Shallow political exposé fails to hit a big target. 


Casino Jack's best scene is its first: A man at his bathroom mirror carries on an angry monologue about the threat to society posed by mediocre people and how cutting corners is a justification for unlimited personal success and for the good of the whole. The man is Jack Abramoff (Kevin Spacey): Washington lobbyist, Bush administration insider, and entrepreneur before political scandal and fraud took him down in the mid-2000s. Unfortunately, the rest of the movie can't match the intensity of its opening.

Casino Jack chronicles Abramoff's fast times and hard fall but fails to capture what made its subject a success and what actually makes his existence so troubling. Top it off with overacting that is skin deep (Spacey), exuberant (Barry Pepper as Michael Scanlon, Abramoff's right hand), and typecast (Jon Lovitz as Adam Kidan, Abramoff's business front man), and Casino Jack fails to connect.

On his rise, Abramoff is a D.C. lobbyist representing Native American tribes with casino interests and the Northern Mariana Islands and its sweatshop-level textile industry. He treats politicians such as House majority leader Tom DeLay and Congressman Bob Ney to trips to the South Pacific and Scotland and fattens their campaign coffers with contributions from special-interest groups.

In a narration too reminiscent of the 2005 lobbyist film Thank You for Smoking (of which Casino Jack is a poor man's version), Abramoff says, "Next to God, faith, and country, nothing is more important than influence — political influence." He charges the Chippewa tribe exorbitant retainer fees but tells them it's worth it. He has direct access to congressional leadership and to the White House.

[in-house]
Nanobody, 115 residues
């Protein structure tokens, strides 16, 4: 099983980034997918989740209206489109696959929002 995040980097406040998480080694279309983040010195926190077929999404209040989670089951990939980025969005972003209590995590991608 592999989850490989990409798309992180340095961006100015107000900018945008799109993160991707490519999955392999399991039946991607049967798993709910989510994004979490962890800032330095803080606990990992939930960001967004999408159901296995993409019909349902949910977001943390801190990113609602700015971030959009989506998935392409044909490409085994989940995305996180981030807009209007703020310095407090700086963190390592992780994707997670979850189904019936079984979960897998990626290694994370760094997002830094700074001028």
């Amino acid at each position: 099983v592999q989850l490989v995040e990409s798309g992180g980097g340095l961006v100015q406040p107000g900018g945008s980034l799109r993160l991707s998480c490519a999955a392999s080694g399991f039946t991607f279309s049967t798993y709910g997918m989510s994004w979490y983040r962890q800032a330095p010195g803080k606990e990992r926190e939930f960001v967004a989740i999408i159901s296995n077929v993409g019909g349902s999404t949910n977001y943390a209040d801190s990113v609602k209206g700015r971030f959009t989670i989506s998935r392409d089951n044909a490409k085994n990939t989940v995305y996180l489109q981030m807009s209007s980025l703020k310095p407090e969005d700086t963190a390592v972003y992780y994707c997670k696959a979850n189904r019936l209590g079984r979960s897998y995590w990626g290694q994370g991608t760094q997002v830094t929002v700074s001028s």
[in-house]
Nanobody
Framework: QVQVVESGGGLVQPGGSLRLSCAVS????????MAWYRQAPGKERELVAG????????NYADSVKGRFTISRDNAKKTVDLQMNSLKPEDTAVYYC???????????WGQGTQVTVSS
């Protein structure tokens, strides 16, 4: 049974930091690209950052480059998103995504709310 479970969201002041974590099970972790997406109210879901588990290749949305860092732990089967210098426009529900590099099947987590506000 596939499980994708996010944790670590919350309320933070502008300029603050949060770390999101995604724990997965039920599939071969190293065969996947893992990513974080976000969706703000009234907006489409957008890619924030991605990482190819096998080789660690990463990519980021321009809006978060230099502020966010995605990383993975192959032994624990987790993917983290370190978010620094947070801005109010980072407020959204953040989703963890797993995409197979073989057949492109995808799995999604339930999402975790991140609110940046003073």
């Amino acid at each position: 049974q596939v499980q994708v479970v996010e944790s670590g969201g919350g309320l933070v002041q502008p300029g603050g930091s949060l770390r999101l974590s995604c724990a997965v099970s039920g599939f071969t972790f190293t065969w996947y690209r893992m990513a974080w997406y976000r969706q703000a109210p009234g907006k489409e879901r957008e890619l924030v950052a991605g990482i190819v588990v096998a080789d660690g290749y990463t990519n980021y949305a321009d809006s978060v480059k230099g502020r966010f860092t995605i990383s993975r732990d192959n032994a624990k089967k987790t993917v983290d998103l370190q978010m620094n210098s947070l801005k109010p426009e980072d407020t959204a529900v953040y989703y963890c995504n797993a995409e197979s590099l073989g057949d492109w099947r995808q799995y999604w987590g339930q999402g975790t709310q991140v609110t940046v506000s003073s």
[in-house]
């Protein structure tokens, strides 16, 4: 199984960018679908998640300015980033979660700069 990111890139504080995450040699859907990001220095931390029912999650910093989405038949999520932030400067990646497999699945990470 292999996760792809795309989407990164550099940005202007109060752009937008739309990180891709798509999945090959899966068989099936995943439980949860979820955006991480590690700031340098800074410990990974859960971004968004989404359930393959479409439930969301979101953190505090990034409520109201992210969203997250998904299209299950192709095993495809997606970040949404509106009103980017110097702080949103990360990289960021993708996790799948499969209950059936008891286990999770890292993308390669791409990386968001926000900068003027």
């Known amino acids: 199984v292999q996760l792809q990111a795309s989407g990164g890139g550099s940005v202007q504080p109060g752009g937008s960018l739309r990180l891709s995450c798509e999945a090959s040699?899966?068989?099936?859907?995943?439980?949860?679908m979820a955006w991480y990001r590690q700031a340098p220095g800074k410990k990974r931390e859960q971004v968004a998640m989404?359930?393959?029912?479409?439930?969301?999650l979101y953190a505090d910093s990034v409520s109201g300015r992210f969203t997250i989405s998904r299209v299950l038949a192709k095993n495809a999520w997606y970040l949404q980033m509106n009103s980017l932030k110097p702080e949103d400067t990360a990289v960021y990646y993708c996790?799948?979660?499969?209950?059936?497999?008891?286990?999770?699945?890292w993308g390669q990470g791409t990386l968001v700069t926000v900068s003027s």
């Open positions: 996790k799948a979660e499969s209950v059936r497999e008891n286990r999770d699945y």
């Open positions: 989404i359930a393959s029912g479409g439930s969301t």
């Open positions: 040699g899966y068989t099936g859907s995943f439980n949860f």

Abramoff is a capitalist's capitalist, at least on the surface. He has a bust of Reagan on his desk and tells others who share his mix of money, politics, and religion that "God wants people to be liquid" — prosperous.

One fundamental problem with Casino Jack is that its comedic touch makes the serious events it recreates seem implausible. The snappy tale of a fast-talking con man who has the ear of the government's elite isn't outrageous, as it should be, but merely unlikely. Spacey's Abramoff is too much of a putz to be so successful. Pepper's Scanlon is too much of an irredeemable a-hole. Lovitz' Kidan is too much of a dip. These aren't super lobbyists and business geniuses who almost pulled it all off. These are the dumbest guys in the room.

Opens Friday, February 18th

Studio on the Square



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